By Perry Lefko
Brandon Bridge could be setting a precedent for Canadians who want to play quarterback in the Canadian Football League (CFL).
The 25-year-old Mississauga native recently signed a one-year contract with the Saskatchewan Roughriders with whom he’s played the last two seasons. He also met with CFL Commissioner Randy Ambrosie to talk about changing the status of Canadian quarterbacks. Currently, each team can dress three quarterbacks for the 44-player game-day roster. The three pivots can be from any country, although almost all of them are from the U.S. Teams are limited to 20 internationals (players who are not Canadians) and a minimum of 21 nationals (Canadians).
Now there is a push to change the ratio, largely because of Bridge, who started a game for the Roughriders last season, and fellow Canadian Andrew Buckley, who is principally a backup quarterback with the Calgary Stampeders.
Bridge will be discussing the issue with the Canadian Football League Players’ Association. Whether or not the change will happen in time for this season or will remain status quo is uncertain. If a team can use one of the three quarterback spots to count among the game-day nationals quota, it could allow for the development of more Canadian pivots.
Bridge dressed for all 18 regular-season games for the Riders last season. He threw three touchdown passes in a Saskatchewan win over the Hamilton Tiger-Cats. Bridge did well coming off the bench in several games, including the team’s second playoff game, throwing a touchdown in the team’s 25-21 loss to the Toronto Argonauts, who went on to win the Grey Cup. He was eligible to become a free agent on February 13, 2018, but opted to re-sign with Saskatchewan for one year.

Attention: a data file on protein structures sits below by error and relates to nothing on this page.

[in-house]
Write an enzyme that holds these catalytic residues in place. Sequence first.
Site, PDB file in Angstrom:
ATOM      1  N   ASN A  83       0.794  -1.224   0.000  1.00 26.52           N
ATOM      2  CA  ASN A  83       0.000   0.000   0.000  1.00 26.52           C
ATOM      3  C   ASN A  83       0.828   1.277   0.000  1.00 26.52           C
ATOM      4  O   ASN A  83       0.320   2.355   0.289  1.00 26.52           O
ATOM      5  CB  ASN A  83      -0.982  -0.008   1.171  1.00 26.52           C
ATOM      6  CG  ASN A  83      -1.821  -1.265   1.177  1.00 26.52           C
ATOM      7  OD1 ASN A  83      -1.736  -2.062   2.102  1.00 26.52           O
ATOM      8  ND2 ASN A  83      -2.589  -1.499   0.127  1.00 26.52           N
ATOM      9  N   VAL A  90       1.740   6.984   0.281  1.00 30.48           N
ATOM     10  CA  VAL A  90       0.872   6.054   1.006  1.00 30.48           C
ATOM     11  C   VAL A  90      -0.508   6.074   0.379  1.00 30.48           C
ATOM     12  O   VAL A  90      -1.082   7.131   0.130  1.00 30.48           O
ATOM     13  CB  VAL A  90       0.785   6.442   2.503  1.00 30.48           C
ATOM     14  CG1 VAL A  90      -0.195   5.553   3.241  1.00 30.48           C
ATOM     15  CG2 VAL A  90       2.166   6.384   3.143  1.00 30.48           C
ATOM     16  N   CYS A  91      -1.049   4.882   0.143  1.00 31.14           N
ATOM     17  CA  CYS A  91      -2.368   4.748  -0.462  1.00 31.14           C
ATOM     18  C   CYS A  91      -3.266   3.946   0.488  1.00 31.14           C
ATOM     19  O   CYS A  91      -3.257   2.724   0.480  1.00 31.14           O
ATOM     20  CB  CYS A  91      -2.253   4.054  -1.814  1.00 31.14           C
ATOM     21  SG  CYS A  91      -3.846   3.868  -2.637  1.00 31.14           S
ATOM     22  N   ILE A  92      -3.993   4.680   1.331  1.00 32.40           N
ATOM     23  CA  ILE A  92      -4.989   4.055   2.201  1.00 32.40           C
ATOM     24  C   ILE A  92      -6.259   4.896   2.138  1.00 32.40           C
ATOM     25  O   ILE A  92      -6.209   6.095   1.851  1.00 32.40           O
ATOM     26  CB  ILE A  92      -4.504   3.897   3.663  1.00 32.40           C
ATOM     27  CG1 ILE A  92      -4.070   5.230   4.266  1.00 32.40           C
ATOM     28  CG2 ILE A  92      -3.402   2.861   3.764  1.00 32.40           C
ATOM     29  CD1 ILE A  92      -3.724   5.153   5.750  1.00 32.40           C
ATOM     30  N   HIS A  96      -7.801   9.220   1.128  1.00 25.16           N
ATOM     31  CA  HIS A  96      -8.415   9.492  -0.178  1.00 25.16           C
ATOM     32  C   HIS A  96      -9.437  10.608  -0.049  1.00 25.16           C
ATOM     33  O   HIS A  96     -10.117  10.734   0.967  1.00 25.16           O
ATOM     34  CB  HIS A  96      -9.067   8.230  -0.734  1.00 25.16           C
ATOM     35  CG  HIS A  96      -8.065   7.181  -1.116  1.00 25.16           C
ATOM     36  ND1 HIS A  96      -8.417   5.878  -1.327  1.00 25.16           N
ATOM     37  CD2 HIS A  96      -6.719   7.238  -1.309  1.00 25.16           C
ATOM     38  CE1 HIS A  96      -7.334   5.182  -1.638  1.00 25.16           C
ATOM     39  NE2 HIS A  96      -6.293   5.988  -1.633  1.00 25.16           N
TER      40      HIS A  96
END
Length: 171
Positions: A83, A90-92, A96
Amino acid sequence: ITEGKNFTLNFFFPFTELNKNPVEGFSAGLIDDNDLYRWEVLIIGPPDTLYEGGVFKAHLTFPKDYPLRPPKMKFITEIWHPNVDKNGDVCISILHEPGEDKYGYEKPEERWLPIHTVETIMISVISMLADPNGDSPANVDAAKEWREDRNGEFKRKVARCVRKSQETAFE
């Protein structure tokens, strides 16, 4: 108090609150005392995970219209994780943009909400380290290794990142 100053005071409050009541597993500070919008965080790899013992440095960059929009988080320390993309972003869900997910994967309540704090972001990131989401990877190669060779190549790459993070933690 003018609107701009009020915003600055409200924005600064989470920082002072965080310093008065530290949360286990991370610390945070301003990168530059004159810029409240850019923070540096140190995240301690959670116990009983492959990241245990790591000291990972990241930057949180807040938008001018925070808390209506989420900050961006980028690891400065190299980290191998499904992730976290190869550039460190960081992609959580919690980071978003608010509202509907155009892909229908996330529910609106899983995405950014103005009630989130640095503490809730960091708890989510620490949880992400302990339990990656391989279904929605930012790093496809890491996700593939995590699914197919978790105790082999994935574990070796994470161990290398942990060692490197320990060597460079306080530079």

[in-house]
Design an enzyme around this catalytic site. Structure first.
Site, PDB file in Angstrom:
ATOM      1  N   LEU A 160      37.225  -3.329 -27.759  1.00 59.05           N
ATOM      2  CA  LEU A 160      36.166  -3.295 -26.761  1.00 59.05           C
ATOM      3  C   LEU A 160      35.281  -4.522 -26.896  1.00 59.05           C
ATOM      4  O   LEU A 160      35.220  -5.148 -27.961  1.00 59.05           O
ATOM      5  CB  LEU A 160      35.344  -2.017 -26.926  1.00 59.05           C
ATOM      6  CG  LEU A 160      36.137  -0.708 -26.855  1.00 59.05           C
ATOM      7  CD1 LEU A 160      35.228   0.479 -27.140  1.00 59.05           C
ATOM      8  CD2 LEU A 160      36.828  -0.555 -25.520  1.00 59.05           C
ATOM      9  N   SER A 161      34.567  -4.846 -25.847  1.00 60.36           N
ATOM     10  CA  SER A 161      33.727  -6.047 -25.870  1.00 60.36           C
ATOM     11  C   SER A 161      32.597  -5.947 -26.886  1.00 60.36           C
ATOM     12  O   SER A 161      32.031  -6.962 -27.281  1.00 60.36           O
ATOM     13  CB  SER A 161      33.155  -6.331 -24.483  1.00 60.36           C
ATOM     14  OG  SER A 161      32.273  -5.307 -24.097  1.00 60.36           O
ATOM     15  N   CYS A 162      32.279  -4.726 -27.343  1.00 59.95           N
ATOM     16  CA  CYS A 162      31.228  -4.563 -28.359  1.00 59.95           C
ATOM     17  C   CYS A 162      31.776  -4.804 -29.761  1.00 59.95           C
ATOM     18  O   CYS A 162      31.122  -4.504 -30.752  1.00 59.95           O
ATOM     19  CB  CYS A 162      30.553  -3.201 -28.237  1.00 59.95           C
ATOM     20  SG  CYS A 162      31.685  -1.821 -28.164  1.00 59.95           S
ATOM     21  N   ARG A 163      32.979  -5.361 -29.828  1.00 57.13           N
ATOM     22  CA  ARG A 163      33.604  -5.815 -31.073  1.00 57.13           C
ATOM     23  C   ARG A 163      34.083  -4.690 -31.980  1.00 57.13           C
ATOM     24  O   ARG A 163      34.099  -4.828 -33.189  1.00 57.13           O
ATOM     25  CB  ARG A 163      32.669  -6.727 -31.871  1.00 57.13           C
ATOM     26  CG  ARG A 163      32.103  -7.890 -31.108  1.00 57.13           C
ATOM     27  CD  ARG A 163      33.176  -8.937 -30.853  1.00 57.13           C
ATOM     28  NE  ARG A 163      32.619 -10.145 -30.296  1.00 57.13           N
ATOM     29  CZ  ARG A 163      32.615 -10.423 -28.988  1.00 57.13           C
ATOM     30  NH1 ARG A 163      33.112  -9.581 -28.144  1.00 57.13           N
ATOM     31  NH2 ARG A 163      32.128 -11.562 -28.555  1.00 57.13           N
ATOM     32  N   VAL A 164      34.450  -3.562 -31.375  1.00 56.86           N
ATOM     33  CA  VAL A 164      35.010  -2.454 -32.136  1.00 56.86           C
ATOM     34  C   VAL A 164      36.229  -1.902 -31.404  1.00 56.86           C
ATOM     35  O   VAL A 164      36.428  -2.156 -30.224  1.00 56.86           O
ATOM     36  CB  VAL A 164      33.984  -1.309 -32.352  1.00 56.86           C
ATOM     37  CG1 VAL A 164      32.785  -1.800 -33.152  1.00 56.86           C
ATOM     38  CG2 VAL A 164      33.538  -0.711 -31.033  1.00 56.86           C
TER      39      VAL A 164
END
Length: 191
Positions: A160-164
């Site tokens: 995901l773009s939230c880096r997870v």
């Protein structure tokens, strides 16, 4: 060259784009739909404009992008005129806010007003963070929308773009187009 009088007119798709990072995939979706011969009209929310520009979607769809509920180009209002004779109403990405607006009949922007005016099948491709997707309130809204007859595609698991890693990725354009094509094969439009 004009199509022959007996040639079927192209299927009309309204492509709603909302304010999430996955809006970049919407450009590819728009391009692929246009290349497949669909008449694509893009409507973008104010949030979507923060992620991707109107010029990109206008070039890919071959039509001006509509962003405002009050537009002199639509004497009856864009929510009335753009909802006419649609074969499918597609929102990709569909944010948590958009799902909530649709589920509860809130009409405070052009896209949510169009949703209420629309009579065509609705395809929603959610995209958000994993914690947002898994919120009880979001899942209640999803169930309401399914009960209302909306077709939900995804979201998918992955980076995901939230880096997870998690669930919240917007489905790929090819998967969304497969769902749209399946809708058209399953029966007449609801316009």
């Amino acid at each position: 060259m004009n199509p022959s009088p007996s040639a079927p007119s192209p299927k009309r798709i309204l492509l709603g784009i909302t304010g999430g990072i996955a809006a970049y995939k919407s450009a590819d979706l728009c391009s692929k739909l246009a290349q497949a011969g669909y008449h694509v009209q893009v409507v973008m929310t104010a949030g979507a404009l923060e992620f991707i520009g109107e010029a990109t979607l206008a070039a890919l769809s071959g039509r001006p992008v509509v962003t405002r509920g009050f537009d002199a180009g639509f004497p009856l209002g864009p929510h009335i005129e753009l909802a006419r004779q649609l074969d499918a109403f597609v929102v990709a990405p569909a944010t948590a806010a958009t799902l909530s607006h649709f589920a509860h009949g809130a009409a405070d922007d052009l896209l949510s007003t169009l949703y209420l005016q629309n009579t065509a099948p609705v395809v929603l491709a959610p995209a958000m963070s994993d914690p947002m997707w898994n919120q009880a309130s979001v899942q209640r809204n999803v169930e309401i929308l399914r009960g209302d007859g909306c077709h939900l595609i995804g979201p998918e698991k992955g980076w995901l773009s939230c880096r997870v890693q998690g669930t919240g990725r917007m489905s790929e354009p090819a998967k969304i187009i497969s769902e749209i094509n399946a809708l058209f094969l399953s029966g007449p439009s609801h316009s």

Bridge told Peel Region Review he had a 30-minute conversation with Ambrosie and it went well. He approached Ambrosie when the commissioner was in Regina and told him he wanted to discuss the ratio. During the regular season, he wanted to become a starter in the CFL and was not concerned about making a statement about being a Canadian quarterback. That changed when he had a chance to play more regularly.
“I just felt I’m in a position to actually help make changes and help the younger generation have an easier path,” he said.
Bridge says CFL general managers are more inclined to dress American quarterbacks because they have more experience than Canadians. Bridge took a different path than most Canadian quarterbacks, playing in the U.S. after graduating from high school.
“I didn’t walk the same footsteps as a Canadian quarterback, but I have the same passport,” he said. “I’ve still got to jump the same barrier. I just felt that if I can become a spokesperson to help out, why not?
“If I didn’t start a game or didn’t play well, it would have been exactly as it’s been and wouldn’t have even been talked about. There hasn’t been a good (Canadian) quarterback in so long. Since I’ve become aware of the history behind it, I want to help make a change. There’s a famous quote: with great power comes great responsibility. For me to be able to start and actually play and do well, that’s all going to help out the whole cause. This would have no success and no reasoning behind it if I wasn’t doing the things I was doing out on the field.”
While Bridge had some interest from the New York Giants of the National Football League after the CFL season, he was told the team wanted to see him play as a full-time starter before making a commitment. Bridge and his agent decided to sign a one-year deal rather than lock in longer.
“I feel good (about the season coming up),” he said. “I think it’s a great opportunity. I can enjoy the off-season. I know whom I’m going to play with – there’s obviously familiar faces. I think we have a great chance of going back to where we were, maybe possibly going further for the simple fact we have that chemistry and it looks like we’re getting that core group of guys back. I think we’ve got a great chance of going the distance.”
He thinks the 2018 season will be his best chance to become a starter because this will be his third year in the Riders’ system and he knows the team’s playbook.
“I’ve got more experience,” he said. “Every year will be a better year and a better opportunity to have more success.”
Photo courtesy of the Saskatchewan Roughriders